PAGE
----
Question: “I have hunted on a lot of different farms and a lot of public hunting properties and the farm I am hunting on now has me puzzled. The property is around 800 acres and there are deer on it but I feel the number of deer is low for the size of the farm. There is plenty of food, water and deer cover on this farm. I just think the number of mature does and bucks are way too low. However, the landowner says the bucks don’t move because there are too many does and tells every hunter to shoot all the does they see and this will make the bucks more aggressive.
I disagree with this. I have heard the shoot does slogan many times, but if you shoot most of the does on a property won’t all the bucks be gone also? And what bucks you would have may be fighting for breeding rights but its going to be on the neighboring properties that are still holding does? Also, if you have a fair number of does wouldn’t that mean more does that will come into heat and pull bucks onto your property?”
Response: Everything that you said about the over-harvest of does is correct. Beware of the ole “I heard that to manage deer you have to…” trap. Many hunters and landowners have fallen into it. Like a lot of things we hear, if it’s taken out of context then it’s no longer accurate, it’s not applicable. In the case of the property that your hunting on, there likely was a time when the doe population needed to be reduced. It sounds like that is no longer the case—unless that is still the goal.
I don’t know the stipulations of you being able to hunt this particular 800 acre farm, but maybe the owner of the property just wants fewer deer on his farm. Fewer does means fewer deer and less crop damage, which may be the landowner’s goal. The take-home lesson for others reading this: Before applying someone else’s management strategy to your property make sure it’s relevant to the deer herd and your goals.
Doe Harvest to Manage Density
Reducing the number of female deer is the principle way to limit the growth of a whitetail population. We should all be in agreement on this one. That’s why the intense harvest of does still has a time and a place. There are still pockets scattered across the whitetail’s range where high numbers of whitetail deer are causing problems. This spells bad news for habitat, agricultural producers and the owners of motor vehicles. A few good years of fawn production, population growth combined with little to no deer harvest and—boom—you’ve got a problem. Doe harvest is where the rubber meets the road when it comes to reducing deer density in an area, but it’s definitely not a management silver bullet for better hunting.
Using Does in Estrus to Attract Bucks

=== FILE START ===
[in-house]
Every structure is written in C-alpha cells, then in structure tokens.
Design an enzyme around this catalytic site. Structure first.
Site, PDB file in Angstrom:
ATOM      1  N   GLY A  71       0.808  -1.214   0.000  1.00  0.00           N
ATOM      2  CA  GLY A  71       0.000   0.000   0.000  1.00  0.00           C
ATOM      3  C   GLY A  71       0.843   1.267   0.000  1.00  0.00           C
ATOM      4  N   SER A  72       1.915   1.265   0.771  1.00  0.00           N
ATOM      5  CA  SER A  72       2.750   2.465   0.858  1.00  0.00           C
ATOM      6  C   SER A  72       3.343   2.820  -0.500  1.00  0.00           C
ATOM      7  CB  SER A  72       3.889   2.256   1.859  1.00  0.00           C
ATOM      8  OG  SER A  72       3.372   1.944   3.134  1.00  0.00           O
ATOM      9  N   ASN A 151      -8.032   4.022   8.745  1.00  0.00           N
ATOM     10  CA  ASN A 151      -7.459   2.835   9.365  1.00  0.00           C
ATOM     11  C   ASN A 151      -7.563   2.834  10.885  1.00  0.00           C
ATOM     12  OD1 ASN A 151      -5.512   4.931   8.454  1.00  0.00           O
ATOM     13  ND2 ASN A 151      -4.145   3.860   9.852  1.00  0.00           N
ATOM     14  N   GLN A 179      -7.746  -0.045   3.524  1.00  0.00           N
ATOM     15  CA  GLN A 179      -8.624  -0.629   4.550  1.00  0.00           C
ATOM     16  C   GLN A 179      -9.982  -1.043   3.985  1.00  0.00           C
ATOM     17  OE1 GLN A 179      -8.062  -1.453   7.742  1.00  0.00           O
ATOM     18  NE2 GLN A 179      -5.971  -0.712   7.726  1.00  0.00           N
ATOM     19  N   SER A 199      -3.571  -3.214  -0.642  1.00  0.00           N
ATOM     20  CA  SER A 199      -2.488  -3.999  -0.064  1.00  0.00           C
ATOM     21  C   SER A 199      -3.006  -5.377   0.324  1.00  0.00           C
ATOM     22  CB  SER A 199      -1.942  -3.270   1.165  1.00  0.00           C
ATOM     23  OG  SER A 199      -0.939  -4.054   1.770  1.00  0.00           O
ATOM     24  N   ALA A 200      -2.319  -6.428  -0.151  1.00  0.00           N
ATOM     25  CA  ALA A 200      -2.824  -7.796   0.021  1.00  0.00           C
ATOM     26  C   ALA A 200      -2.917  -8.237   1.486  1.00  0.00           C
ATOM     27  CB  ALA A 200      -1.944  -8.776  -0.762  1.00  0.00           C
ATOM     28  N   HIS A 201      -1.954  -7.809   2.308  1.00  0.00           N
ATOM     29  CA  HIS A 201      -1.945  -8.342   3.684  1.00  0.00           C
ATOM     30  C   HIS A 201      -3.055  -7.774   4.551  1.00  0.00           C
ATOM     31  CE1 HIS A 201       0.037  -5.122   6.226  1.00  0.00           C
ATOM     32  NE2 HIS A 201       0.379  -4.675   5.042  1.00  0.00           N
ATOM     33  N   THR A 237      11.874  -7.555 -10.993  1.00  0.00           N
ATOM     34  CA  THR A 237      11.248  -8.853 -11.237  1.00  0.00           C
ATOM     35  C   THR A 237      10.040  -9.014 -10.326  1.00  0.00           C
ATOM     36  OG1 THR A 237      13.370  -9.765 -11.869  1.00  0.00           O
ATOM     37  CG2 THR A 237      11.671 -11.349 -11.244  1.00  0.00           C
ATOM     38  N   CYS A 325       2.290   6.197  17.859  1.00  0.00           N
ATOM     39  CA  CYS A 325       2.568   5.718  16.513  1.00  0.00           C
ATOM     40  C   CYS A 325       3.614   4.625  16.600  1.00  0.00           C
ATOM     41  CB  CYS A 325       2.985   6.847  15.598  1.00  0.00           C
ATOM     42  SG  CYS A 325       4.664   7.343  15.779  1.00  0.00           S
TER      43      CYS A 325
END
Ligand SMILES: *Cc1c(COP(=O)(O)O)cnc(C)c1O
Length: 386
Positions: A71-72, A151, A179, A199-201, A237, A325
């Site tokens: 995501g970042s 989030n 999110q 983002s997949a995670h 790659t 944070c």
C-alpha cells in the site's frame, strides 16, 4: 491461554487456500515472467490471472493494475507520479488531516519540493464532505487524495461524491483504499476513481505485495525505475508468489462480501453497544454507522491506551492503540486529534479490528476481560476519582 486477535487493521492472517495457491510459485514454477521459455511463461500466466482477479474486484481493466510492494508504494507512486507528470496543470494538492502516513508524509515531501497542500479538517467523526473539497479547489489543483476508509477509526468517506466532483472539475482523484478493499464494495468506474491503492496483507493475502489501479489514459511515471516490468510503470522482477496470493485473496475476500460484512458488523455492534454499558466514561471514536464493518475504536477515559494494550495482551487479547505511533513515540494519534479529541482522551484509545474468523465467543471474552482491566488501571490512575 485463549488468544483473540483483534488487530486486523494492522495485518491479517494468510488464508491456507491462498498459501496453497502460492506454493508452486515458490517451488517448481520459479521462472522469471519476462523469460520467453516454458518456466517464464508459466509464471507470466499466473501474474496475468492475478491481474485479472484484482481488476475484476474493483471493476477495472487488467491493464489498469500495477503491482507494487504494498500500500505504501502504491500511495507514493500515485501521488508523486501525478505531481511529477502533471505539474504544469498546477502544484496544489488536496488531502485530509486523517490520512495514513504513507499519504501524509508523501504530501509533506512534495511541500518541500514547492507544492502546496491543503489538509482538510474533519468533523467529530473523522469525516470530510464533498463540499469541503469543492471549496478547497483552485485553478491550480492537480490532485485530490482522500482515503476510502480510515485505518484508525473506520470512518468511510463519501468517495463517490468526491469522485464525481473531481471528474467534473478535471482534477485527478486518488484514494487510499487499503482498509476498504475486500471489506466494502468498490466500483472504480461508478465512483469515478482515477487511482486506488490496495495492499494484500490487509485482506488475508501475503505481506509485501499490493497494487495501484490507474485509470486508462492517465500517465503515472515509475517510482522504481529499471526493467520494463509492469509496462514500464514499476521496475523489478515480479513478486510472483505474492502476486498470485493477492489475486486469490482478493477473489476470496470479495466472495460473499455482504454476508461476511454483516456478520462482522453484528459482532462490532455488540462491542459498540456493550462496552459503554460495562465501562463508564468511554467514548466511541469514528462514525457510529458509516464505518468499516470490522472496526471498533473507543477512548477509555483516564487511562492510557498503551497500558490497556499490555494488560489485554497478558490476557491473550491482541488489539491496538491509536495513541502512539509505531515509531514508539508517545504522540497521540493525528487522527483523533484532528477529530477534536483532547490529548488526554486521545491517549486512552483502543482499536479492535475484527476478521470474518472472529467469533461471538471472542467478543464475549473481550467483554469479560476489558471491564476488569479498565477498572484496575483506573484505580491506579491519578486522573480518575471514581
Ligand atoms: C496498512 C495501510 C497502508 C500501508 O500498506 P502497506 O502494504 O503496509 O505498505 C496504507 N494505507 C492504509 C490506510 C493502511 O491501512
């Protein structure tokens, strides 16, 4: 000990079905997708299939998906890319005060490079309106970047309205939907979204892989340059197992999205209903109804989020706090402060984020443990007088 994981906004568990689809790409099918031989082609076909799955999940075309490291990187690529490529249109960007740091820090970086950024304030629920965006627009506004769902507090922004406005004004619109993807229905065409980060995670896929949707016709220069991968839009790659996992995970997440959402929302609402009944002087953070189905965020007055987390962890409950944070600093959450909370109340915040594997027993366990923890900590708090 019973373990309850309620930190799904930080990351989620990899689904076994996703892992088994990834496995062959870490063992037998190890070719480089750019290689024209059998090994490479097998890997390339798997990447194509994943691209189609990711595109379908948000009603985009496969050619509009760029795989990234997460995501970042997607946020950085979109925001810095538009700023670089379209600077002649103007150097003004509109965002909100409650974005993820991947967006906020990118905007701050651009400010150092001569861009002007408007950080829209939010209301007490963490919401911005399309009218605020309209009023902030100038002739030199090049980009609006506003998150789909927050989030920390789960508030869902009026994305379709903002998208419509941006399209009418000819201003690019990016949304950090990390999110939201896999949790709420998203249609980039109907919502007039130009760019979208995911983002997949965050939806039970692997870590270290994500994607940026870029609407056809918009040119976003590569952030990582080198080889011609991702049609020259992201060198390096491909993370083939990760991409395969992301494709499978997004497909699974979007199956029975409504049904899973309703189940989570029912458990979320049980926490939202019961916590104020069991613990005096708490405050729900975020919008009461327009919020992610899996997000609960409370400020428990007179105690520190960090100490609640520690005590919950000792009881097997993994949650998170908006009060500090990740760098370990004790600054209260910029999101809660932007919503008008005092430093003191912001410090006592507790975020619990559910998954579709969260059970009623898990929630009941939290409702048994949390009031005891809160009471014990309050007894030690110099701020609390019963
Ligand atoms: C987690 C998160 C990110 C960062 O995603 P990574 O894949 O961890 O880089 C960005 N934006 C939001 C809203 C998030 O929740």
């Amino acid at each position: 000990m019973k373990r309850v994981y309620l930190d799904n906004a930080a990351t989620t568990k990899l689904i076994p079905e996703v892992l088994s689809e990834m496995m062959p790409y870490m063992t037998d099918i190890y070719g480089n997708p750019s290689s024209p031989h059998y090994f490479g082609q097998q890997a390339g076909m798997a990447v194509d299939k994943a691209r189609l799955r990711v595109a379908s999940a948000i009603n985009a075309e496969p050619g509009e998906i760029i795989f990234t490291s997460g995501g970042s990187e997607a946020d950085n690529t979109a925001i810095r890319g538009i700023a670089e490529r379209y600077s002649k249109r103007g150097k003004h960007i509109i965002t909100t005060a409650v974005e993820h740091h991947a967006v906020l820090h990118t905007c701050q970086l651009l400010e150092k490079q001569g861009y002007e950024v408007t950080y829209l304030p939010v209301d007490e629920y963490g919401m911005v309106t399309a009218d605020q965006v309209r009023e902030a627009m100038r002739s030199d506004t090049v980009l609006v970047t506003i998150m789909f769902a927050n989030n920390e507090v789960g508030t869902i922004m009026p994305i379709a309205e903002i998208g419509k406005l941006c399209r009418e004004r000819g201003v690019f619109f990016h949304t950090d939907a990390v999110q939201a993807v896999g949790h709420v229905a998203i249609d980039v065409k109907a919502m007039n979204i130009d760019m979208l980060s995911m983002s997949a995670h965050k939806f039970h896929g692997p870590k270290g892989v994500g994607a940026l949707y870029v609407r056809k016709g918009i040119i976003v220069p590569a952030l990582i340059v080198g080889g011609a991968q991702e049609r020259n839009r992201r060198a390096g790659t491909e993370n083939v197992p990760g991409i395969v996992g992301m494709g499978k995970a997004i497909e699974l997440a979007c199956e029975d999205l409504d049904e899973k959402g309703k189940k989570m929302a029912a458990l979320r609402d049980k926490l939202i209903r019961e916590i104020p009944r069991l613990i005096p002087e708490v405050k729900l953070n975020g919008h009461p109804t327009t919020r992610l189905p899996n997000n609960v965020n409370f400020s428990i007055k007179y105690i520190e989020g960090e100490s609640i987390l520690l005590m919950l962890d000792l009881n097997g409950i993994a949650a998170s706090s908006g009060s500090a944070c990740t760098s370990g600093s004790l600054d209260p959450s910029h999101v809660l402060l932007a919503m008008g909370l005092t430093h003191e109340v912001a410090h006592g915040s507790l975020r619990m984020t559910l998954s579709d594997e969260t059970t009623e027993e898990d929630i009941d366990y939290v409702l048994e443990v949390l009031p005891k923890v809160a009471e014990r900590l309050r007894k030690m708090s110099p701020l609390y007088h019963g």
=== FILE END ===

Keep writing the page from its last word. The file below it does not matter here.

Another no-brainer: Bucks are attracted to does in estrus. The more does you have hanging around the better the chances that bucks will want to visit your property. The problems that arise from too many does are when (1) deer numbers get out of hand (see above), (2) buck to doe ratios get out of whack, (3) breeding takes 3-4 months and (4) bucks get run down to the point that they don’t survive the winter or it takes a series of years for bucks and their antlers to recover. Yes, it’s good to have does but only up to a point and then it’s counterproductive on many levels.
Adaptive Resource Management: A Principle for Deer
Managing a white-tailed deer population is about changing what you are doing in response to an ever-changing deer herd in order to achieve desired results. In one instance it may be perfectly justified to harvest every doe that a hunter sees. This would make sense on a property with a very high deer density. It would even make sense on a property with a very skewed buck to doe ratio, where bucks are in short supply and does are numerous. But at some point the increased harvest of female deer should achieve the desired results. It may take a season or two or three or even longer, but then that practice is not necessary.
At some point, the harvest management strategy of “shoot every doe in sight” becomes something different. It has to change or you will have very few deer left. Management means adapting to a new deer herd each season. Otherwise you are simply hunting, rather over-hunting as in the prior example. The new harvest strategy may be one where only enough does are harvested to maintain a specific deer density or the new goal may be to maintain a particular buck to doe ratio. Ideally, adaptive harvest management factors in deer density (impacted by fawn production) and ratio goals as the deer population changes each year.